Law & Disorder: The Chaotic Birth of the NYPD

Thomas Dunne: St. Martin's. Apr. 2017. 384p. photos. notes. bibliog. index. ISBN 9781250082589. $28.99; ebk. ISBN 9781250082596. CRIME
Historian Chadwick (I Am Murdered) illustrates how the New York City Police Department (NYPD) evolved to become what it is today. Prior to the NYPD's founding in 1844, the city of New York was wild and dangerous. Crime was rampant and policemen (known as constables) were essentially nonexistent as they were often bribed to look the other way. It was the 1841 murder of "beautiful cigar girl" Mary Rogers that brought the issues of violence and police reform to the forefront. Prior to this, crimes were not reported in newspapers for the fear of turning away visitors to the city. Thus, coverage of this murder changed the way crimes were reported and spurred the rise of tabloid newspapers. Slowly, reforms were made within the police force. However, reform was difficult because of the corruption of city government. By the late 1870s, the NYPD finally gained control of the city and saved its positive image.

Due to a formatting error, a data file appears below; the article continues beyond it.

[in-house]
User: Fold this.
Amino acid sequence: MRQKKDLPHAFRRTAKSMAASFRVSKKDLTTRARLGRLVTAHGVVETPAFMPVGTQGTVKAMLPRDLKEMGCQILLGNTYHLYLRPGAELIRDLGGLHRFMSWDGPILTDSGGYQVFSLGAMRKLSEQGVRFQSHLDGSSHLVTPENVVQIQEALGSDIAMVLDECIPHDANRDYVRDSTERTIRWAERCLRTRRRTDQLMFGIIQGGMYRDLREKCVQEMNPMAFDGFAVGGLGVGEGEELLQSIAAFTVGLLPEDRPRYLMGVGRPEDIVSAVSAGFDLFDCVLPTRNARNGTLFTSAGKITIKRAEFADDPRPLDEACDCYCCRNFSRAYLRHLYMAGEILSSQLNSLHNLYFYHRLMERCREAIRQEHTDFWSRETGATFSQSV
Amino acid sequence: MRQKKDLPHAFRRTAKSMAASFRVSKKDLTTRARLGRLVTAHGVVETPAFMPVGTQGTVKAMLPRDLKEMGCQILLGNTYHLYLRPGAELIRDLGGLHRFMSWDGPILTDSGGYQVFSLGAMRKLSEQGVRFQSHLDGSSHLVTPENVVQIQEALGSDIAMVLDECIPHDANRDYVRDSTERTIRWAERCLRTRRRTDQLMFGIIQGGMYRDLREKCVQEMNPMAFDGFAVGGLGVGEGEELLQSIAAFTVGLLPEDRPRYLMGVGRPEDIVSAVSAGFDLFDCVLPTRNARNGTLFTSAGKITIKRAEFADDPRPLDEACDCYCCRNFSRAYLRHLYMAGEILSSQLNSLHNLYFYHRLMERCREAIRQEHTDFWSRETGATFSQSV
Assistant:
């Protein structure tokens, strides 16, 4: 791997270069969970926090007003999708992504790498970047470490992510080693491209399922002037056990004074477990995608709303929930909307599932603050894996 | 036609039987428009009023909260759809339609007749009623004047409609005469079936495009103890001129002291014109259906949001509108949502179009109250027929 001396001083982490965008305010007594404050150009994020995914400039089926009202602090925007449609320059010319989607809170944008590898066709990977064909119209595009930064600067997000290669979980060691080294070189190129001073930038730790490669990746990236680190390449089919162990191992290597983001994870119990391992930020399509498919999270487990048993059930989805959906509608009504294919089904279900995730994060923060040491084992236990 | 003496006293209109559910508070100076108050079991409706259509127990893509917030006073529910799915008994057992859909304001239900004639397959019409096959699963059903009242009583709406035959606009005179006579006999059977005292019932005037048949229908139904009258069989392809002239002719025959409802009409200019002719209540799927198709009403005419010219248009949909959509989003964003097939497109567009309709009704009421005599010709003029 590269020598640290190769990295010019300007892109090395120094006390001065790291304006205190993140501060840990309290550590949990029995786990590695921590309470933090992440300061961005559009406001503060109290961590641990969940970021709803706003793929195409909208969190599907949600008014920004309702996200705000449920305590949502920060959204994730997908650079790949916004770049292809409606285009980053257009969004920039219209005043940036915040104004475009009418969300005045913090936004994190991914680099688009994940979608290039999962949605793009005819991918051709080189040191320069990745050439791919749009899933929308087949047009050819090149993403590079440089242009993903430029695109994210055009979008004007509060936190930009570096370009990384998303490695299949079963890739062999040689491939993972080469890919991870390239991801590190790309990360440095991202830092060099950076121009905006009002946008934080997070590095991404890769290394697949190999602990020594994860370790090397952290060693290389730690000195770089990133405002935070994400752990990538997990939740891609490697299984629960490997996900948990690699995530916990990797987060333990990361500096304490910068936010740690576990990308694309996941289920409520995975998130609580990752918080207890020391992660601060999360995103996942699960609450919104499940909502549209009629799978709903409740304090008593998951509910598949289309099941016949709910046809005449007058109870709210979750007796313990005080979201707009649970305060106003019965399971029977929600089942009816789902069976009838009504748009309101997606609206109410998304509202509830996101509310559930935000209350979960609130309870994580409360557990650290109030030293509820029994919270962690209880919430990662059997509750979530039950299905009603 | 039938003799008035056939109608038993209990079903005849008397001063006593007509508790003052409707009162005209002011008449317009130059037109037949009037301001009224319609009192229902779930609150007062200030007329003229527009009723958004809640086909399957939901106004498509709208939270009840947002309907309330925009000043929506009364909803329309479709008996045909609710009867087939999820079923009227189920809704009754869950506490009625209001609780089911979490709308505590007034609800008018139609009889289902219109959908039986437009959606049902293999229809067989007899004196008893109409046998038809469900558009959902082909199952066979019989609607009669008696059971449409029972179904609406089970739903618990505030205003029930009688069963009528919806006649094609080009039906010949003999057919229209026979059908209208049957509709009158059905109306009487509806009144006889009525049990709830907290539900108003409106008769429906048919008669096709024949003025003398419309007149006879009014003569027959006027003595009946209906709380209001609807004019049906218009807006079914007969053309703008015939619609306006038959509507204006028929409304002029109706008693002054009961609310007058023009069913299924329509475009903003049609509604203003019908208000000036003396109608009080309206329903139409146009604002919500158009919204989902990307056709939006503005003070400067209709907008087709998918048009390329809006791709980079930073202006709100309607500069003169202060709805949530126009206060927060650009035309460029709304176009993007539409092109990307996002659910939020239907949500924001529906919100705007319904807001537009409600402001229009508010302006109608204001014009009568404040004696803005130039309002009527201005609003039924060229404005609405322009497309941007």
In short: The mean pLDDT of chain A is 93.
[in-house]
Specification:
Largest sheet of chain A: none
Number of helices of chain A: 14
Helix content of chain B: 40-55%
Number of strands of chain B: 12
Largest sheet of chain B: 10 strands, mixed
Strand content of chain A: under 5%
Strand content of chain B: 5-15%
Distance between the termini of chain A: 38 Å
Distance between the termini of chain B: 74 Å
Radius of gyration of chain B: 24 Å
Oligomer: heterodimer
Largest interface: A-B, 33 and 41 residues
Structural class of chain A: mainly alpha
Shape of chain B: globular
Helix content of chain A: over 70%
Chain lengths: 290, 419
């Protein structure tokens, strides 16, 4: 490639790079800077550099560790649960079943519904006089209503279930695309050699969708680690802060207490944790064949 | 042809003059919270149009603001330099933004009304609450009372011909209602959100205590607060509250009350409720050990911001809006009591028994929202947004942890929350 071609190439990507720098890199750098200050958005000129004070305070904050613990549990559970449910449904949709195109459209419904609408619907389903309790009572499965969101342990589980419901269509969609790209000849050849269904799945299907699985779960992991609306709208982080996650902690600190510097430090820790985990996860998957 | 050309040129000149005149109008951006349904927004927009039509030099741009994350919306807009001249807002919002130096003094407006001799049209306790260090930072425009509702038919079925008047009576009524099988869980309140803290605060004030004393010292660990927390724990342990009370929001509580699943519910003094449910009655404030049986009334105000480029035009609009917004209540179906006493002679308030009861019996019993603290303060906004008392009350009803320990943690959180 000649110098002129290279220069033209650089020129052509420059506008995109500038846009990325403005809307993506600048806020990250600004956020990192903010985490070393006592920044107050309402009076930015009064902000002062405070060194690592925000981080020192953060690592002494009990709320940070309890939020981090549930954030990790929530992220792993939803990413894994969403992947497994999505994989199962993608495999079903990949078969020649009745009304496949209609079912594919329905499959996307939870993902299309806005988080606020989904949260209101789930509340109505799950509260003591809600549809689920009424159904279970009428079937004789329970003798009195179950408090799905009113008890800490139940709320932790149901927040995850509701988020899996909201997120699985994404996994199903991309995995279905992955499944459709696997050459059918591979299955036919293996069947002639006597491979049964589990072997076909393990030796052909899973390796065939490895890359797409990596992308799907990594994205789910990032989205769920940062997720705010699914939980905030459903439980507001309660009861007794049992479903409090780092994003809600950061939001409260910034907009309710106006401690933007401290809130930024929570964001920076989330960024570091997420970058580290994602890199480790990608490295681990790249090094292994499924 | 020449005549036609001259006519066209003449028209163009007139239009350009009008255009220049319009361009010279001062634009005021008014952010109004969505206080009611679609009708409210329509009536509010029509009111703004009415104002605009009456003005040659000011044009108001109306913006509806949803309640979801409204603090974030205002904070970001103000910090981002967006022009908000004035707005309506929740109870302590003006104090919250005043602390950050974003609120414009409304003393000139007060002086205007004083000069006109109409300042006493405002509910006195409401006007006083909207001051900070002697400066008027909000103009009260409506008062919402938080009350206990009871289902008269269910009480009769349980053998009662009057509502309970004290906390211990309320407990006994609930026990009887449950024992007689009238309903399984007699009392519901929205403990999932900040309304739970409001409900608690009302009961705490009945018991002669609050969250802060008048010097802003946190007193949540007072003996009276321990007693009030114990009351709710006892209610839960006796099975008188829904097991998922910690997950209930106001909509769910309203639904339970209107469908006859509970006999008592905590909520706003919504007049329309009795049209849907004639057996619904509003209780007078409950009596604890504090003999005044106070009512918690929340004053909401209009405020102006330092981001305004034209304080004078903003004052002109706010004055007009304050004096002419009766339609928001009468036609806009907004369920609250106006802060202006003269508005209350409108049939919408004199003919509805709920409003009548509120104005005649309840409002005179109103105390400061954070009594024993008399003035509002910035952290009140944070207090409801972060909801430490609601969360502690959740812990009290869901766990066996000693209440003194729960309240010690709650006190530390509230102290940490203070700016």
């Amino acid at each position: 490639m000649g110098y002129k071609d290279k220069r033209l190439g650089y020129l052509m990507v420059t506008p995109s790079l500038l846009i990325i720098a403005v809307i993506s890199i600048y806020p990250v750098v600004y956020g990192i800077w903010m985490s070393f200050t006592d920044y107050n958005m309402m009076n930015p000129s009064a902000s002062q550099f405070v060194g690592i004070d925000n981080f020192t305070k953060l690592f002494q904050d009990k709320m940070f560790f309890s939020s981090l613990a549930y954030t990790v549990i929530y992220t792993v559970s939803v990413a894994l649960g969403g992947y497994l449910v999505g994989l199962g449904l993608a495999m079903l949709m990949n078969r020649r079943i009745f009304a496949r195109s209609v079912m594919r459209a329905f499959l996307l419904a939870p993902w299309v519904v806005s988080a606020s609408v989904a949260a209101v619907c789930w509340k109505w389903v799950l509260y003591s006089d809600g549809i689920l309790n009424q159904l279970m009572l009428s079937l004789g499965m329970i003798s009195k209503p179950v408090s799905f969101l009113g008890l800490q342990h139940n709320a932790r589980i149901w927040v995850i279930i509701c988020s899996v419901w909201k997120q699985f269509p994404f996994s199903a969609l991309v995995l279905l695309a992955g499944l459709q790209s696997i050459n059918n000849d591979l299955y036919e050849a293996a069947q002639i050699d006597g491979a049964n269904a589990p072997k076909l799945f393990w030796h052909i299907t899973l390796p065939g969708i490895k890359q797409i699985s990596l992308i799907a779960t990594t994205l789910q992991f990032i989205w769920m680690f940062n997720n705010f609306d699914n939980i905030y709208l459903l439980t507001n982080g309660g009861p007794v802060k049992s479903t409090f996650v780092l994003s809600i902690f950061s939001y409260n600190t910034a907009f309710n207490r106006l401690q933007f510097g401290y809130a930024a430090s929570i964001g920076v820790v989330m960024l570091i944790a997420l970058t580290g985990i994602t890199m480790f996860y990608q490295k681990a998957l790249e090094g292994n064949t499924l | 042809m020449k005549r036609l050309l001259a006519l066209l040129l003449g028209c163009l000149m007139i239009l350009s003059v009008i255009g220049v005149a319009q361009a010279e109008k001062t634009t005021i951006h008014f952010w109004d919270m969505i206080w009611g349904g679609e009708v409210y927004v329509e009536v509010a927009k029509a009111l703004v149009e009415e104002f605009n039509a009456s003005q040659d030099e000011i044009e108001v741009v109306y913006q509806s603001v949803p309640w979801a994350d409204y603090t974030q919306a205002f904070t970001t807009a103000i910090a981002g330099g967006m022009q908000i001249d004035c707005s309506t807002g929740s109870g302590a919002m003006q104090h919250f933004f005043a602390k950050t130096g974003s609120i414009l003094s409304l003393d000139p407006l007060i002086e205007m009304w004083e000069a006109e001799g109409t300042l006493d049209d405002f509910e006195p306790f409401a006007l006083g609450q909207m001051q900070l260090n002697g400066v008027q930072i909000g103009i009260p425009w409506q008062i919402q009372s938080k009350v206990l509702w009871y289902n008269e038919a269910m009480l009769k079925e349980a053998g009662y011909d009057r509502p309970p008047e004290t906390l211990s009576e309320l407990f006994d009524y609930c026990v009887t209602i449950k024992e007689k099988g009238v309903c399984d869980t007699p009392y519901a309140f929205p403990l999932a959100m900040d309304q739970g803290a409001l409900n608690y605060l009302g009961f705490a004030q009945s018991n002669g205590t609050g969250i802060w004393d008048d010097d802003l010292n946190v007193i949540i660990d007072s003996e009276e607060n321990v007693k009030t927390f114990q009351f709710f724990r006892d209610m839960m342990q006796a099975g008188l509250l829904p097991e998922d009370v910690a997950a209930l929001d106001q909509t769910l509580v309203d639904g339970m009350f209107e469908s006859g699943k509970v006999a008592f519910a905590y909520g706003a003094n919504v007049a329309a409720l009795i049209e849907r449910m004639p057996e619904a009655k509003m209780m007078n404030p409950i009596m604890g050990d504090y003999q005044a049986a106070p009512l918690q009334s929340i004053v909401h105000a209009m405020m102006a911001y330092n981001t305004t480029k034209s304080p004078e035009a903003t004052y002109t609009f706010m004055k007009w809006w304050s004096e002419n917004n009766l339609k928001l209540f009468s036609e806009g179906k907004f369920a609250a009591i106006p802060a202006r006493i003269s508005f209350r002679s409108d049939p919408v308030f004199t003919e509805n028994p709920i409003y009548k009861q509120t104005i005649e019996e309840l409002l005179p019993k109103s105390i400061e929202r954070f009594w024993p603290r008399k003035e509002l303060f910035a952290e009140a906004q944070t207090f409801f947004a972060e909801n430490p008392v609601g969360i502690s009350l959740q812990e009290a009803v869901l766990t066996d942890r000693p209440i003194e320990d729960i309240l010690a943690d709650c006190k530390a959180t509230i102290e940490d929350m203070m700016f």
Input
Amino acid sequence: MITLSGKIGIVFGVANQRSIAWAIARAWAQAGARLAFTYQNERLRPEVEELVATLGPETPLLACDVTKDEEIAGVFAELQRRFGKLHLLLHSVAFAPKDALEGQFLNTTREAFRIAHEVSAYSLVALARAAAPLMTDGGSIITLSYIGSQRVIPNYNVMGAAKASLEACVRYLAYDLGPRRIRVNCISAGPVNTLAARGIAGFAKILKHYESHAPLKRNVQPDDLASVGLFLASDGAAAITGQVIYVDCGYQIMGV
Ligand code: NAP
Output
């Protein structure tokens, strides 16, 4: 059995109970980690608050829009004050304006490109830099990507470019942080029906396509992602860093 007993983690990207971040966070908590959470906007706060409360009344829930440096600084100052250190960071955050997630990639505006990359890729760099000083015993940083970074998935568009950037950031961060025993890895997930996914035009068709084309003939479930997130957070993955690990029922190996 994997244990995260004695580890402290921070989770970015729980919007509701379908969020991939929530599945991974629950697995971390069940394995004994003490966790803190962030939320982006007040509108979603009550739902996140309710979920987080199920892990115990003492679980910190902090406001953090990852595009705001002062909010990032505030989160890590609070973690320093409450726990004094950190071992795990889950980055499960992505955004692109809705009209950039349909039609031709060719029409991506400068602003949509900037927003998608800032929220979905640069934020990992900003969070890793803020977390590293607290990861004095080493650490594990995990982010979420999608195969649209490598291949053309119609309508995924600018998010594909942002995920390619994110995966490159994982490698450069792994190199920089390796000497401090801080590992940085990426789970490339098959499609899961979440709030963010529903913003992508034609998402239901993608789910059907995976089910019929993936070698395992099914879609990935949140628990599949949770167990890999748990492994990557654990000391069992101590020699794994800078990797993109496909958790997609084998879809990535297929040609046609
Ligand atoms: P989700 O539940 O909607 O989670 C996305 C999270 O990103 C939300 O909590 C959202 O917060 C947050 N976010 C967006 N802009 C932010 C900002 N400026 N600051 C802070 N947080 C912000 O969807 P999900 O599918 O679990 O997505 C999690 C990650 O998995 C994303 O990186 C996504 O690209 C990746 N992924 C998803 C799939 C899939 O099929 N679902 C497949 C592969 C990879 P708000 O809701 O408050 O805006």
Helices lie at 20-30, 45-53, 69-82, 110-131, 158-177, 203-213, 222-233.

VERDICT Highly recommended for public libraries with a strong true crime collection and all academic libraries. Readers can appreciate the challenges faced by the NYPD through this well-researched time line of how the department was formed.
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